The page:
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as Justin Martyr observes of the ancient Christians,* that they inhabit their own country but as strangers; “ they have all things common with others as citizens, yet suffer all things as pilgrims; every strange region is their country, and every country a strange region. A Christian's politics are seemingly contradictory, and truly mysterious : they make a common · table, yet are not polluted: they are in the flesh, but live not after the flesh : they live on earth, but have their conversation in heaven: they obey laws established, yet by their way of living go beyond laws : they love all and are persecuted by all : they are not known, yet condemned: they are killed, yet made alive: they are poor, yet enrich many: they want all things, yet abound in all things: they are disgraced, yet thereby honoured,” &c. Thus he proceeds, shewing the state of Christians; which is the same now. Oh what a mystery, yet felicity, is it to be a saint ! all things are yours, though nothing were yours; a saint by covenant hath right to all, and shall have actual possession of what is for his good : the saints rule the earth, themselves being trampled on by all:, they pass through the world as conquerors, and carry the spoils as trophies, along with them till death, and when death is swallowed up in victory, these blessed champions arise triumphant in glory. O Christians, study your state, know your privileges, be always triumphing in Christ: live at the rate of those mercies, make no reckoning of the world but as a footstool to raise you higher God-wards, or as a stepping-stone to pass forwards thereby, through this polluted and polluting world, heaven-wards : bless God for the least outward mercy, but be not put off with the greatest ; a little with God is enough, all things without God are nothing. Suppose you be below the higher parts of the dust of the earth in riches, power, and glory, yet you are above them in grace, true riches, and favour with the God of heaven ; therein he makes amends : as the Jews have a fable that the waters terrestrial, in the beginning, took it ill to be divided from the celestial by the firmament; the Creator to pacify them promised a sacrod use of

Omnia cum aliis communia habent tanquam cives, omnia patiuntur tanquam peregrini : omnis peregrina regio patria est eorum, et omnis patria est peregrina. Just. Mart. Ep. ad Diog. vid. plura.

VOL. II.

ad Diogerie patria em cires,

them below, in the tabernacle of the covenant ; so although you are set below many in other things, yet in this you have preeminence above them, that you are interested in, and employed about these covenant mercies : this is abundant compensation. Be not discouraged, whatever you suffer here, it is not hell; whatever you lose for God, heaven will make amends; faithful is he that hath promised, who also will do it; God is yet able to pay his debts, as able and willing as to the first man that ever sought the performance of a promise : never any went away grumbling or charging God, (as some men are too justly charged) that he minds not what he saith. When David through weakness of faith began to stagger, and expostulate, saying, “ Doth his promise fail for evermore ?” he quickly checks himself with that reflection, “But I said, this is my infirmity.”—Psal. lxxvii. 8, 10.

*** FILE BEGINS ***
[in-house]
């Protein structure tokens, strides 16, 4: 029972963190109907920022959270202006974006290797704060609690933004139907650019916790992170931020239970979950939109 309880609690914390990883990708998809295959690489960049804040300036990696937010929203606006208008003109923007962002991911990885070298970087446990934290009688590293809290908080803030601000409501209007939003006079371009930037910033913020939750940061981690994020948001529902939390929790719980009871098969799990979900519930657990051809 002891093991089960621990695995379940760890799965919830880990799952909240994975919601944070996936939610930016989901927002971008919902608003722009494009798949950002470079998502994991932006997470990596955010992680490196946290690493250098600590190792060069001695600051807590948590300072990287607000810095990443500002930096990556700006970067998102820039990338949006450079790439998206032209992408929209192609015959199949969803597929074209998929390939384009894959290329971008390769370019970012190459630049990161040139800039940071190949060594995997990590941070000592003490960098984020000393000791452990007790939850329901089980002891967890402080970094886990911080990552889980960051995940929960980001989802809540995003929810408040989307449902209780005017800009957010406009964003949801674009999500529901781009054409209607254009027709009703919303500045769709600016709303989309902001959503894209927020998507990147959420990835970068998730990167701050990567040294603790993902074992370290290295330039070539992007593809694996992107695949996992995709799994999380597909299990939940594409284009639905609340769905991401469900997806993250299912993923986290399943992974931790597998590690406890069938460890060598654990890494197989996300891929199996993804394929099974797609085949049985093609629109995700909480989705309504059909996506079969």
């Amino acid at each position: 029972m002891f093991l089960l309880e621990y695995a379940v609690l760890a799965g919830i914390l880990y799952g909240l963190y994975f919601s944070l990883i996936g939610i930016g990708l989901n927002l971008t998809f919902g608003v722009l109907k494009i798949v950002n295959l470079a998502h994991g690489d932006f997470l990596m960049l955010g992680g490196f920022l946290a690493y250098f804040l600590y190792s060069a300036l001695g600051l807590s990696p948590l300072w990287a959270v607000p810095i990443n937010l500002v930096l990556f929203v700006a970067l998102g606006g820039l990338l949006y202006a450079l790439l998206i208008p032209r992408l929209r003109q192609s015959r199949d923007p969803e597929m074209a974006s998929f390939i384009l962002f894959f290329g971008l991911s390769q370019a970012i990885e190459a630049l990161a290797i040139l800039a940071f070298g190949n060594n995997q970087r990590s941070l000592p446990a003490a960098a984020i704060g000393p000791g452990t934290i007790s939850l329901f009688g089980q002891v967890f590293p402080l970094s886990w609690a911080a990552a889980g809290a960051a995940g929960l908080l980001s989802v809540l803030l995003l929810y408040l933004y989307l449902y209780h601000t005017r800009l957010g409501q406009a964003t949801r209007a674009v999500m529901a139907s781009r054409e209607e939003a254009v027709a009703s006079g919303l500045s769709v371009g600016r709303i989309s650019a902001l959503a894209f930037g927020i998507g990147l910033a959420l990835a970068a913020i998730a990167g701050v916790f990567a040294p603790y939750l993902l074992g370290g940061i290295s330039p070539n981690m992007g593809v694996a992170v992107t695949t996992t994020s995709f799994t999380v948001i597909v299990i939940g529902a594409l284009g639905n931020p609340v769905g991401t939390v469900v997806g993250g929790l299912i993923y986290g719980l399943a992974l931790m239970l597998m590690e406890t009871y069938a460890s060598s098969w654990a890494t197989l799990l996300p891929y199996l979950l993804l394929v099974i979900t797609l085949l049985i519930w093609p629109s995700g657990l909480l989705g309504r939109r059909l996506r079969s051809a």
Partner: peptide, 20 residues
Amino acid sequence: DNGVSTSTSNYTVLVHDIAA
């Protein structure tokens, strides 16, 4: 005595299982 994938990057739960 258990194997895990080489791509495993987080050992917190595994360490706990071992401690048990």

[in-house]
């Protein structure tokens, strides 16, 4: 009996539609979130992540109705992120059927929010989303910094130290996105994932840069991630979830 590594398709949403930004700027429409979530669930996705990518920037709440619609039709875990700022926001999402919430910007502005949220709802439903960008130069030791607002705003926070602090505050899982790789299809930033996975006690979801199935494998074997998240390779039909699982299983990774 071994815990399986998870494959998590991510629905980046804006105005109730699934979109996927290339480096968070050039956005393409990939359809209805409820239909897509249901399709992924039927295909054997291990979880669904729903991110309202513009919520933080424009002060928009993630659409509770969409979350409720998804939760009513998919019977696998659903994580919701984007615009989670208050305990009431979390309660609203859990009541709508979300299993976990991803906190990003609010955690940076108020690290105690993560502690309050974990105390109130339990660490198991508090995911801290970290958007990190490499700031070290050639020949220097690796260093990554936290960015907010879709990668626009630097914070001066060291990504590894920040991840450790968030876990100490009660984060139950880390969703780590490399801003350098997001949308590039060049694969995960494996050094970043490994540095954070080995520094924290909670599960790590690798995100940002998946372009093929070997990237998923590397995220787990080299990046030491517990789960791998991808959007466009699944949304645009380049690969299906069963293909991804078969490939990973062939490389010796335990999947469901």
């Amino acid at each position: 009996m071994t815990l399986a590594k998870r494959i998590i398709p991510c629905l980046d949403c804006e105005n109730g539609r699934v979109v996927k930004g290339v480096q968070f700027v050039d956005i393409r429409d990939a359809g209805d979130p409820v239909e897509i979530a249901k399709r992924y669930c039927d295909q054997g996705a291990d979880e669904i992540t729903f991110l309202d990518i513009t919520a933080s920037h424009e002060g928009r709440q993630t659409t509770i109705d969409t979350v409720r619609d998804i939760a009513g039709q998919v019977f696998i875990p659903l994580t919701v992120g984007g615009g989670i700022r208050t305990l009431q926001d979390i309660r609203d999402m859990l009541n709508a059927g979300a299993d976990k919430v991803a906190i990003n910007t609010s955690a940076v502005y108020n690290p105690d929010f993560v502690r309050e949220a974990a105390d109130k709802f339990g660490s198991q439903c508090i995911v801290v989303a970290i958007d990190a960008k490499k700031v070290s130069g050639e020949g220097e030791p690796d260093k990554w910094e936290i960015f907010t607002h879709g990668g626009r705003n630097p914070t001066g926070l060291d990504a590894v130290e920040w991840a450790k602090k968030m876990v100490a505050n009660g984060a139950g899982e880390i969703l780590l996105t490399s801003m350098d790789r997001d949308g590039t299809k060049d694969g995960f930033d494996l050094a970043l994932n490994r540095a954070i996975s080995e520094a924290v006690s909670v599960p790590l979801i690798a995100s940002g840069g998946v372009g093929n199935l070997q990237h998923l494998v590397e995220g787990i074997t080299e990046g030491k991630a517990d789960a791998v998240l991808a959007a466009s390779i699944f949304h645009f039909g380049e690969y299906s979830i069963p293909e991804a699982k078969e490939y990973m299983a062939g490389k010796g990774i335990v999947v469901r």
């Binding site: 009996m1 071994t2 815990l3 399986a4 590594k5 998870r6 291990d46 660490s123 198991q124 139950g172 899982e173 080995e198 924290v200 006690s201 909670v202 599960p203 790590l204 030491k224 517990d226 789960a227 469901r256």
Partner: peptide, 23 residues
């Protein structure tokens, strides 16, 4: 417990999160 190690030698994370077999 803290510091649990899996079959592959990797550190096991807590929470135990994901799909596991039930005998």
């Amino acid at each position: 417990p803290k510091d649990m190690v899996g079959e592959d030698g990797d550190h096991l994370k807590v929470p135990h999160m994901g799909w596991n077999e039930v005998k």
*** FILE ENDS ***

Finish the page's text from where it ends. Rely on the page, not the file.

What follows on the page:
It would be a blessed thing (which Luther wished for *) “ that our faith were as certain and firm as the thing itself believed; but, alas, sin in the flesh doth resist the spirit, so that we cannot so firmly believe;" as he complains. The way to stability is the acting of faith-believe, and ye shall be established. As long as we consult with reason, we shall still be fluctuating. An individual's expedient for establishment, after many temptations of doubt concerning a main article of faith was, a hearty humiliation and subjection of his understanding to the obedience of faith, which brought such clear light of truth and certitude into his soul, that there remained no relics at all of dubitation. We may all cry out with the disciples, “ Lord, increase our faith.” Alas, the want of faith is the root of all actual sins and insensibleness; yea, the want of a thorough persuasion of the reality of divine things surpasses the world. Most men do but read the gospel as a fine fiction, or a wellcomposed romance, but work not their hearts to credit these things; a may be, or may not be, in a conjectural uncertainty, is all they arrive at : however, they do not follow home the light and persuasions they have. Alas, did persons seriously think of this, that as sure as they are men or women, as cer